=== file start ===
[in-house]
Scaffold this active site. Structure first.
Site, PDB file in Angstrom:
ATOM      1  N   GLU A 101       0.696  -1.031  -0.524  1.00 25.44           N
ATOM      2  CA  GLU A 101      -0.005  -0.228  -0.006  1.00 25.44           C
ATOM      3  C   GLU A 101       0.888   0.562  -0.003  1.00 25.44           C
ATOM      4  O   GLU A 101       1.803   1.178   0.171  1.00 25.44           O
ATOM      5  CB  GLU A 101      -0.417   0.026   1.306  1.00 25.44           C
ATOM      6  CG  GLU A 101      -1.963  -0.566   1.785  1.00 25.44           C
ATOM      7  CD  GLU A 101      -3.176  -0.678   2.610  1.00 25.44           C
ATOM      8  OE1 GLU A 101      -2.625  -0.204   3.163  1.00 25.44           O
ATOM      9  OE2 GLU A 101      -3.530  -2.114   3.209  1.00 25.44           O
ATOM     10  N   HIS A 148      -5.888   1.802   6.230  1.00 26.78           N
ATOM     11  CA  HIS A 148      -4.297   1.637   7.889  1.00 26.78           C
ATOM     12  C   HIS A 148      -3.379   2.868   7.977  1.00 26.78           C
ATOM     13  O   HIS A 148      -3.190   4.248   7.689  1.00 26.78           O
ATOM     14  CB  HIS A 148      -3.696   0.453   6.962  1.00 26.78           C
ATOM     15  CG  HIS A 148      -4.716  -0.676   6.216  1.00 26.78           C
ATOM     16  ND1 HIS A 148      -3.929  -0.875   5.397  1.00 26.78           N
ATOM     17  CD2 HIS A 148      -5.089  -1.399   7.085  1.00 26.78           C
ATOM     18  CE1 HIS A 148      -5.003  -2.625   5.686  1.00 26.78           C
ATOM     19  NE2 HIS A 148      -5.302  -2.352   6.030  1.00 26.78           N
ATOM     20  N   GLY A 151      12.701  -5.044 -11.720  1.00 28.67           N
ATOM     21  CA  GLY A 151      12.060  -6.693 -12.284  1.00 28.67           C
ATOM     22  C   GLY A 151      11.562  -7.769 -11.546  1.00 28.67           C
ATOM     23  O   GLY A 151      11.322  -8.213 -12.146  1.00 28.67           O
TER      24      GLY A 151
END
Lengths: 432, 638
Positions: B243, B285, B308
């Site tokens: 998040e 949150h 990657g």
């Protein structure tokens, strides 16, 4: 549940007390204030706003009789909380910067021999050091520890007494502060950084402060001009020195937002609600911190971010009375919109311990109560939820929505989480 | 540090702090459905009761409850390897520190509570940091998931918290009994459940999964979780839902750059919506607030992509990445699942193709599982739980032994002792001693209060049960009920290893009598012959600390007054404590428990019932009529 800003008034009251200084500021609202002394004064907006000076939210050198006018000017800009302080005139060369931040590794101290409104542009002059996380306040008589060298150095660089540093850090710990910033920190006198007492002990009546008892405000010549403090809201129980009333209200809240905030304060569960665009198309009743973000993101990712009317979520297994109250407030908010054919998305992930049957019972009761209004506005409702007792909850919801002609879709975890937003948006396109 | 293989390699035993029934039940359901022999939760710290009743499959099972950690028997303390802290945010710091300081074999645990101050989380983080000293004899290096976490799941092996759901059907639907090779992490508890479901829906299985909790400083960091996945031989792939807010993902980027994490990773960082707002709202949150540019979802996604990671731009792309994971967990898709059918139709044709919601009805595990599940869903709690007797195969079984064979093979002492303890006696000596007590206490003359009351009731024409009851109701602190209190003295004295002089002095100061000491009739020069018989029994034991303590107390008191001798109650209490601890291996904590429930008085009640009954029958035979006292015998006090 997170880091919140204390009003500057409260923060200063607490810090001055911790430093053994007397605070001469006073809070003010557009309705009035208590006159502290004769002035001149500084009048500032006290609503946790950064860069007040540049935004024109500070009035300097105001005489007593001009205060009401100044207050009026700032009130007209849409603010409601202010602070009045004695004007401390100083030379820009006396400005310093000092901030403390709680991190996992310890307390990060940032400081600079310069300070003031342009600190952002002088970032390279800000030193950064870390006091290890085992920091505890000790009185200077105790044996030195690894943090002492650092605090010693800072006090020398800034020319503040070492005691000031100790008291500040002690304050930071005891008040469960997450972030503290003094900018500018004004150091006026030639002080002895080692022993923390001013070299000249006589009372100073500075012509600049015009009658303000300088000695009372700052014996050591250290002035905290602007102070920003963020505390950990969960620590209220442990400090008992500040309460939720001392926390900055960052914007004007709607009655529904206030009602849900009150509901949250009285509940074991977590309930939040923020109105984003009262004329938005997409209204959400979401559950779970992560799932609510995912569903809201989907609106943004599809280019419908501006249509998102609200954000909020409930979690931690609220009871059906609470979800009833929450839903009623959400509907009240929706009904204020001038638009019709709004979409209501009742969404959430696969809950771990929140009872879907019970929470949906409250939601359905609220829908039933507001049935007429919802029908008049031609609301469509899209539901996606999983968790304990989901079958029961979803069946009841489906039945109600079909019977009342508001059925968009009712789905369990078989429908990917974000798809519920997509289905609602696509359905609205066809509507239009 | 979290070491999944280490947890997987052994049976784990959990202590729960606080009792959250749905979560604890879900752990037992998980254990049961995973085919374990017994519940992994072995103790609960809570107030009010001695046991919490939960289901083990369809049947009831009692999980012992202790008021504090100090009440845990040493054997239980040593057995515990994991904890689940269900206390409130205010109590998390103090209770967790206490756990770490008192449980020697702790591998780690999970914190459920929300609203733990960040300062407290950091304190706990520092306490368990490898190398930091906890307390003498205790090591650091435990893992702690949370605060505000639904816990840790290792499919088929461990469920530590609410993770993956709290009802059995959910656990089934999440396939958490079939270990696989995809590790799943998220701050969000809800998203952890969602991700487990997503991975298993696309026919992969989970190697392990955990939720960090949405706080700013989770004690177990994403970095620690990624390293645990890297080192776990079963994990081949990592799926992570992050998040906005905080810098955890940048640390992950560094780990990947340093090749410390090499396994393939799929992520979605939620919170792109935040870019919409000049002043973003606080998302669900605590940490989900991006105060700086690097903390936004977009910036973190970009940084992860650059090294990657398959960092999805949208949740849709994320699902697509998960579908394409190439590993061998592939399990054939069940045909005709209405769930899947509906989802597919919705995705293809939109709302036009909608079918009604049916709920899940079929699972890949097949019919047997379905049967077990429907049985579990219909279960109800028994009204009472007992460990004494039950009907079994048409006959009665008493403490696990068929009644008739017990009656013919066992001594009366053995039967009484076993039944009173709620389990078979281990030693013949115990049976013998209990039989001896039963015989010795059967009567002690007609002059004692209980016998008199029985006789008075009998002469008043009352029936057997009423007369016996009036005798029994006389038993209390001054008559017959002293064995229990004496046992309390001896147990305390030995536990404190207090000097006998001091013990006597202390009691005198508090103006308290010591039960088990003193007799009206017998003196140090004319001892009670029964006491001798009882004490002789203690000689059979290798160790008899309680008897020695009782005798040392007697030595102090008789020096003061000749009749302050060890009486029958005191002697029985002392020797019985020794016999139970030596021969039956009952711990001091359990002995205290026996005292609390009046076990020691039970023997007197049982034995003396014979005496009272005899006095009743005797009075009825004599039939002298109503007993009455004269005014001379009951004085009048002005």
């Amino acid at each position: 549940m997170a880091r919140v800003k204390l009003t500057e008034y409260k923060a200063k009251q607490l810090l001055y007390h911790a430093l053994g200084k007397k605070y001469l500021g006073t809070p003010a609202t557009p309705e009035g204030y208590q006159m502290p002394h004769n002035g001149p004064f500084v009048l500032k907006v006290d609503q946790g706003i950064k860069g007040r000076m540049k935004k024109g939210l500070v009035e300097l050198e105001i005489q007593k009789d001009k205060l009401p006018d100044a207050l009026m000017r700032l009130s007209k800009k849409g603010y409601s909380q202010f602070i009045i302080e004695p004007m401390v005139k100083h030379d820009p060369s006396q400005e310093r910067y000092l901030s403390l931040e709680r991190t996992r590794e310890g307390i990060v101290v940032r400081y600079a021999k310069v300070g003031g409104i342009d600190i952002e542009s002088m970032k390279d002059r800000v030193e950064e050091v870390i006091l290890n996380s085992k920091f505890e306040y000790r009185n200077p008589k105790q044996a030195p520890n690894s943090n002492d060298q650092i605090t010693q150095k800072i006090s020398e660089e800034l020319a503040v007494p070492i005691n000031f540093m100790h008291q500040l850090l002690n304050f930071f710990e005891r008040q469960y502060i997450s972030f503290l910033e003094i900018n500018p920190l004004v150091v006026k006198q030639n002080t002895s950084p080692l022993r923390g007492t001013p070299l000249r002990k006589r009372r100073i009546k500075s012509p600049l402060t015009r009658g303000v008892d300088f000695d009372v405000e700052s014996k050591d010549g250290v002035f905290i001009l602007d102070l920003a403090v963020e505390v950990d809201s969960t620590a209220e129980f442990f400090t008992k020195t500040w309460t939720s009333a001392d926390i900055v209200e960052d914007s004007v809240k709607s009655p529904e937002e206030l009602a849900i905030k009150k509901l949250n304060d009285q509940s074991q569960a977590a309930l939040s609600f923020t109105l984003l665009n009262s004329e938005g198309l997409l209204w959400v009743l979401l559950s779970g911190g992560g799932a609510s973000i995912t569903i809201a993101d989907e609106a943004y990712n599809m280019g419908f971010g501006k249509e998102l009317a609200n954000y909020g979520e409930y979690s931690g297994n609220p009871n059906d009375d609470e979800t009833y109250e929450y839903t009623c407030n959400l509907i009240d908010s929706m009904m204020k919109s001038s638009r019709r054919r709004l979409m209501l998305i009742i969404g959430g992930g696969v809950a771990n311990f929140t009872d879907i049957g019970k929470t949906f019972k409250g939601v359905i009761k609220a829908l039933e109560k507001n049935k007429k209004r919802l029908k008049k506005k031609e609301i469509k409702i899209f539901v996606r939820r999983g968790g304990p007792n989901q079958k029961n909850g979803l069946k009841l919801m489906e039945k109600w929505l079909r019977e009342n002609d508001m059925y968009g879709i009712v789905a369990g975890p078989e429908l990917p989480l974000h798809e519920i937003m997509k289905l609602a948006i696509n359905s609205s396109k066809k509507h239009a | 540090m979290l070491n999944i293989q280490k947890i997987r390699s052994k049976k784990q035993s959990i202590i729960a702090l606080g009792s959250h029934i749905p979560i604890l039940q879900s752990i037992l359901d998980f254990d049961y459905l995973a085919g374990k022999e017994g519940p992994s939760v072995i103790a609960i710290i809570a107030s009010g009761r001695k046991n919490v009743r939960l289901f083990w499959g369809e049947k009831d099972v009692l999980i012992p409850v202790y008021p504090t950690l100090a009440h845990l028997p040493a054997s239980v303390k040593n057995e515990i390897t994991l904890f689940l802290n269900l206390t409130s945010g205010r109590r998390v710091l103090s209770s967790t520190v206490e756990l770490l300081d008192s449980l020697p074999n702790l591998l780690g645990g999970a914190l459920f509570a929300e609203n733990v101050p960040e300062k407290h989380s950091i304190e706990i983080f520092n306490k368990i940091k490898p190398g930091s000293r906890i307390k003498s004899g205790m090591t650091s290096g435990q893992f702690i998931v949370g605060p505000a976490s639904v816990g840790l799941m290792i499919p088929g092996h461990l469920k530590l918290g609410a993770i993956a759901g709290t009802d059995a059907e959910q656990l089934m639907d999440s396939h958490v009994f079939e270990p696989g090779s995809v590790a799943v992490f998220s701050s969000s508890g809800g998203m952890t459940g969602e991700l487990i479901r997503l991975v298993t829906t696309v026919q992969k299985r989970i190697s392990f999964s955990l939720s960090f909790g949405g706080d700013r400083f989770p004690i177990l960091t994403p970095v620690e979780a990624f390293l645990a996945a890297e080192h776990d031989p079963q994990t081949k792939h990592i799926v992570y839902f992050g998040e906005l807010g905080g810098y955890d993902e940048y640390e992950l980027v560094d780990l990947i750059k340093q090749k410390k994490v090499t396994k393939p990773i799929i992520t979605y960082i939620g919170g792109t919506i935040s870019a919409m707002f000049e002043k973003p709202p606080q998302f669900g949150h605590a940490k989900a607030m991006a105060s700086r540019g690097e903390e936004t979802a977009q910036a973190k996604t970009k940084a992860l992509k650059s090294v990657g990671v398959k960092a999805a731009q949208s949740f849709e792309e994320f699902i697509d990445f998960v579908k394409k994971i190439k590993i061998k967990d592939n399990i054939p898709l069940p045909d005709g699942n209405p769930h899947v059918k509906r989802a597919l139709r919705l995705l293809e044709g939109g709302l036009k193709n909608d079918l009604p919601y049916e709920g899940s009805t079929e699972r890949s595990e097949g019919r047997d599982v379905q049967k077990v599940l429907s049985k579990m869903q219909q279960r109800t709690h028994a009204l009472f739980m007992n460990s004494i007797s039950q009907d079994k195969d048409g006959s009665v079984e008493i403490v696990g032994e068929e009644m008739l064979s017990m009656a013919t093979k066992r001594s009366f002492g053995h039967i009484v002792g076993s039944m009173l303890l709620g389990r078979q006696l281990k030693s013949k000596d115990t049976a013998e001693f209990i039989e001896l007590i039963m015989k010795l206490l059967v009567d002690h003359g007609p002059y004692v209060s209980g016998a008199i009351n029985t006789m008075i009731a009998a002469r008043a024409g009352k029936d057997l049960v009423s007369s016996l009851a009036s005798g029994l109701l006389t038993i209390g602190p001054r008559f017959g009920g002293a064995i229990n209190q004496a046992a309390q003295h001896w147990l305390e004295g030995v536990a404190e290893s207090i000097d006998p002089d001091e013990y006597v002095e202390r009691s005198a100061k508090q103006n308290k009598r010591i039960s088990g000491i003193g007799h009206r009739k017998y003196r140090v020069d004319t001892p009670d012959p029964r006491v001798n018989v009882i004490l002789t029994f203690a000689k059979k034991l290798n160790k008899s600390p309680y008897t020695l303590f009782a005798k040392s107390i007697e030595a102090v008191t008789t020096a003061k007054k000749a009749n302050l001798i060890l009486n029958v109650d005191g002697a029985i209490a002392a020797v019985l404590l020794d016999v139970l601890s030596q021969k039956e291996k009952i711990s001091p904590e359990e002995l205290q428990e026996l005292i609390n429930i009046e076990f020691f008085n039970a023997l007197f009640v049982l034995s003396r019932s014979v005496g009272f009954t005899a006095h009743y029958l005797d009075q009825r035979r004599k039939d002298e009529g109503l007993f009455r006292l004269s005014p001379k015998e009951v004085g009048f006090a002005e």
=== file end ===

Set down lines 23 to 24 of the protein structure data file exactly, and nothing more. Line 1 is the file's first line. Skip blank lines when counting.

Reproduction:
ATOM     20  N   GLY A 151      12.701  -5.044 -11.720  1.00 28.67           N
ATOM     21  CA  GLY A 151      12.060  -6.693 -12.284  1.00 28.67           C